James Delingpole

A construct, of course

A construct, of course

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Can I tell you about my latest adventures? Oh, can I? Can I? OK, well I’ve been making a TV documentary for Channel 4 and, en route, I met the greatest concentration of Spectator readers I’ve ever encountered. Why am I so totally unsurprised to discover that yer typical Speccie reader spends his February in St Moritz riding the Cresta Run, hunts, prefers smoking and drinking to eating and wears plus fours and a ‘Bollocks To Blair’ badge?

It’s a simultaneously delightful and disturbing thing, meeting your fan base. On the one hand, you get an idea what it is they like about you: in my case, the sound right-wingness and general don’t-give-a-tossness. On the other, you get a better idea of why it is that some of them think you’re a total arse. Apparently, I have readers — the Pethericks of St Austell, for example — who scream at their Spectator, ‘Oh please, no more of that f—— Delingpole.’ My suspicion is that it’s a class thing. If there’s one thing the upper class loathes, it’s the sort of morbid introspection in which I specialise. They would rather live the unexamined life. I would, too, if I’m honest, but unfortunately I’ve no choice.

Anyway, one thing I’ve learnt making this TV documentary is how fearfully contrived the whole process is. As a rule of thumb, 99 in a 100 of the supposedly natural scenes you see on TV have been painstakingly set up or faked. When you put this accusation to TV people, they’re shocked that you should be shocked. ‘But of course it’s a construct,’ they say. ‘Everyone knows it is.’

I’m not sure everyone does. For example, when viewers see the presenter driving his car alone, I don’t think it occurs to them that squashed out of vision in the back seat are a soundman and a cameraman and quite possibly the director, too. And when the presenter delivers an impromptu aside to the camera, I doubt many viewers realise that it took him three days to hone it and 15 takes to get it sounding that relaxed.

Once you’ve realised this, it does change the way you watch TV. I noticed this very much with Jamie’s School Dinners (Channel 4, Wednesday). Whereas before I would have fallen completely for the conceit — Jamie Oliver takes time off filming Sainsbury’s ads in order radically to overhaul the abysmal catering at a south London state school — this time I understood it as an exercise in narrative fiction.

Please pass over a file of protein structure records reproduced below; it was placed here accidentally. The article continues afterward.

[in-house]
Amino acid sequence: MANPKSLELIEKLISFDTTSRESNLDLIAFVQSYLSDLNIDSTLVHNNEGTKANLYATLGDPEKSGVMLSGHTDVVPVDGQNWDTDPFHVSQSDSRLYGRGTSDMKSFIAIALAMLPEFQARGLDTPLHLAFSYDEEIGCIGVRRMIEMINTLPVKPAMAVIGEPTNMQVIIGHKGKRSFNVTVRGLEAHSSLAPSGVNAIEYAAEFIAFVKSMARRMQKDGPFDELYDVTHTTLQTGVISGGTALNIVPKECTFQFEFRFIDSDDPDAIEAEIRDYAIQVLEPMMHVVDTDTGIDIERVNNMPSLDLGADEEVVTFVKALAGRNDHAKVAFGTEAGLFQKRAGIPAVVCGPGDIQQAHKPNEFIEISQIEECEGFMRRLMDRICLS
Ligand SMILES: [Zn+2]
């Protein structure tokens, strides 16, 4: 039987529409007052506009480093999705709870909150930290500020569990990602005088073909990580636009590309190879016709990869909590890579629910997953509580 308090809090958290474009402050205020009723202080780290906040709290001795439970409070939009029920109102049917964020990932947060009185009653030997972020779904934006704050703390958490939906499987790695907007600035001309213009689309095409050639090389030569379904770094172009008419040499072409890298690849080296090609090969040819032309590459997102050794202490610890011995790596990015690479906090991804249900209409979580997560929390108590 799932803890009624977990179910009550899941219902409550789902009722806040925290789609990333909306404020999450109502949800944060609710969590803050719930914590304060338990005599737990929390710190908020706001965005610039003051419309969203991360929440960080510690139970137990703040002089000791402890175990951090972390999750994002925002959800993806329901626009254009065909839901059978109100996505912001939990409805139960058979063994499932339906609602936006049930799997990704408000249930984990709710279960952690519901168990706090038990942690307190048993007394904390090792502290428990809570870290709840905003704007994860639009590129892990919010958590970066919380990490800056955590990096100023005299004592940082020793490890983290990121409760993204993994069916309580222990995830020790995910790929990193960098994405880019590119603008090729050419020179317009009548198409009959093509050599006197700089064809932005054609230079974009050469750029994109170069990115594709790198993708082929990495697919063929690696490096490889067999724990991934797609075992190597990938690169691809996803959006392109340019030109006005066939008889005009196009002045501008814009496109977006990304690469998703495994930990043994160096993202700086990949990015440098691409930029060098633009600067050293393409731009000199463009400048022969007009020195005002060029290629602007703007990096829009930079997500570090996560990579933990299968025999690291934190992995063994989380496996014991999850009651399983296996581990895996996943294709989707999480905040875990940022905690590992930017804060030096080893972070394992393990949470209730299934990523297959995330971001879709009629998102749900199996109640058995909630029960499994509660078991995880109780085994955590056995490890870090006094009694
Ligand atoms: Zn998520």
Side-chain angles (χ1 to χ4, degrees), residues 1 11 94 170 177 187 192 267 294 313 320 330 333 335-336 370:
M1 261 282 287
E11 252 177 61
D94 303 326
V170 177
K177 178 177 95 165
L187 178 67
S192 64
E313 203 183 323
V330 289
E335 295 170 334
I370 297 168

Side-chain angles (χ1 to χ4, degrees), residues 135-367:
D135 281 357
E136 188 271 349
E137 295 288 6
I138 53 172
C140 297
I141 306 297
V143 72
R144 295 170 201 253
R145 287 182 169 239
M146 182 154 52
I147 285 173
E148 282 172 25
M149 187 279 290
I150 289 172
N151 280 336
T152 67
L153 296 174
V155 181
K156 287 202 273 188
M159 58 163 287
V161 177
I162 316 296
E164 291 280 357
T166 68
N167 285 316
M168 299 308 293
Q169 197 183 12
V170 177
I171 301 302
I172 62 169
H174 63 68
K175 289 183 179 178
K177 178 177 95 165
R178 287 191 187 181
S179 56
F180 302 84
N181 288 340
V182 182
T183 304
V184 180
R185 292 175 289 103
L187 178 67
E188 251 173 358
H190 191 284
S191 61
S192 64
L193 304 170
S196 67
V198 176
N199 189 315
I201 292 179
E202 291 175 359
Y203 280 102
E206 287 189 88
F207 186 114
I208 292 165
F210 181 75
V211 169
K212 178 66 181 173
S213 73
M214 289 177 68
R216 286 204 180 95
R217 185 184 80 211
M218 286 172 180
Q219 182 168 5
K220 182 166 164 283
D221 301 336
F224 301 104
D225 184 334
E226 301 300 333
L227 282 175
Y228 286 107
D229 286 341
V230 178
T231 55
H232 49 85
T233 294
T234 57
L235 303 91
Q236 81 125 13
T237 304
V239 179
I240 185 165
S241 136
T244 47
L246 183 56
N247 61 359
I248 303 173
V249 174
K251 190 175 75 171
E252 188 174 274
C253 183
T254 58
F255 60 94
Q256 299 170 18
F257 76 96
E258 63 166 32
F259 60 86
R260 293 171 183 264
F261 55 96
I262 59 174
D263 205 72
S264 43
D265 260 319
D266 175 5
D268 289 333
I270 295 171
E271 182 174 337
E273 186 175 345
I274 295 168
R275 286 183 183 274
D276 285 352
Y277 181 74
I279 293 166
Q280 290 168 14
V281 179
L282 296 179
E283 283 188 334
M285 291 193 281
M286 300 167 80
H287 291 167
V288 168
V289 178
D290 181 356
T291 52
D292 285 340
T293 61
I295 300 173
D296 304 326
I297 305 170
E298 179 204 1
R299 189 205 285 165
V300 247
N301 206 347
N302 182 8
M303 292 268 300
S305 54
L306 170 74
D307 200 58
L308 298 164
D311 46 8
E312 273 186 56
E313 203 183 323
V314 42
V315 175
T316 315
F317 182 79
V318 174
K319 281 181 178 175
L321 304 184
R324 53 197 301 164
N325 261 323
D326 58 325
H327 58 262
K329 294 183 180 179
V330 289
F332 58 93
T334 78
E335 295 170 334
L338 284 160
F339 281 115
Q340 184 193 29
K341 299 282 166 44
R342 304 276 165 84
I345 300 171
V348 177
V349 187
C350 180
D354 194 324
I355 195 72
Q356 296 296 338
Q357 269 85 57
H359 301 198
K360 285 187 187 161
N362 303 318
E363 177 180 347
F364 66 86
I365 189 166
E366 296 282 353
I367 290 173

Take, for example, the scene where Jamie is shot from above being mock-angrily chased down the school corridors by the characterful Irish dinner lady: that would have been scripted. So, too, would the scene where Jamie is called into the headmistress’s office and told that the new menu he has devised is way in excess of the school’s allocated 37p-a-head budget (in fact, his food technicians could have worked this out yonks before). And the one where Jamie, a boring list of cost-breakdowns for every conceivable food-stuff pinned above his head, despairs at the crude utilitarianism of it all and storms off in a huff.

How do I know? Because TV is too expensive a medium for events to be allowed to take their natural course. Clearly, with a primetime, multipart series like this, Jamie cannot be seen waltzing into the school canteen and sorting out its problems in the first episode. He must be seen to be struggling; these periods of struggle must occur just before each ad break; there must be leavening moments of comedy; there must be a cliffhanger at the end. TV cookery docs are notorious for this. A lot of the time — I dunno whether this is true in Jamie’s case, but it’s definitely so with many other big names — all the donkey work is done by cookery technicians and the chef simply prances in to finish off the dishes at the end.

For all this, though, I think Jamie’s School Dinners is magnificent, by far the most compulsive, massively enjoyable series he has made. I never did manage to get on with his Fifteen series, because his would-be chefs were so repellantly ungrateful and workshy you kept hoping they’d all be wiped out in bizarre catering accidents. But this time, you really do feel that the stakes are high and that this is a battle worth fighting. It is a national scandal that our schools can get away with serving children such anaemic slop, especially given what we all know about the effects poor nutrition has on concentration and behaviour. If Jamie can nail the problem, as I have every confidence he will, I promise I shall never think uncharitable thoughts during a Sainsbury’s ad ever again.

Nathan Barley (Channel 4, Friday) started as a spoof Radio Times-style listings column on the Internet website TV Go Home, and that’s probably where he should have remained. The sitcom is full of great concepts, such as a website called Scum Vegas, where you can go to bet on un-PC alternative sports like tramp-racing live from Russia, but the characters have no inner life and the plots are neither here nor there. It’s like Douglas Coupland’s Generation X: the body of the text is pretty thin. You’re just there for the witty marginalia like ‘McJob’ and ‘Veal-fattening pen’.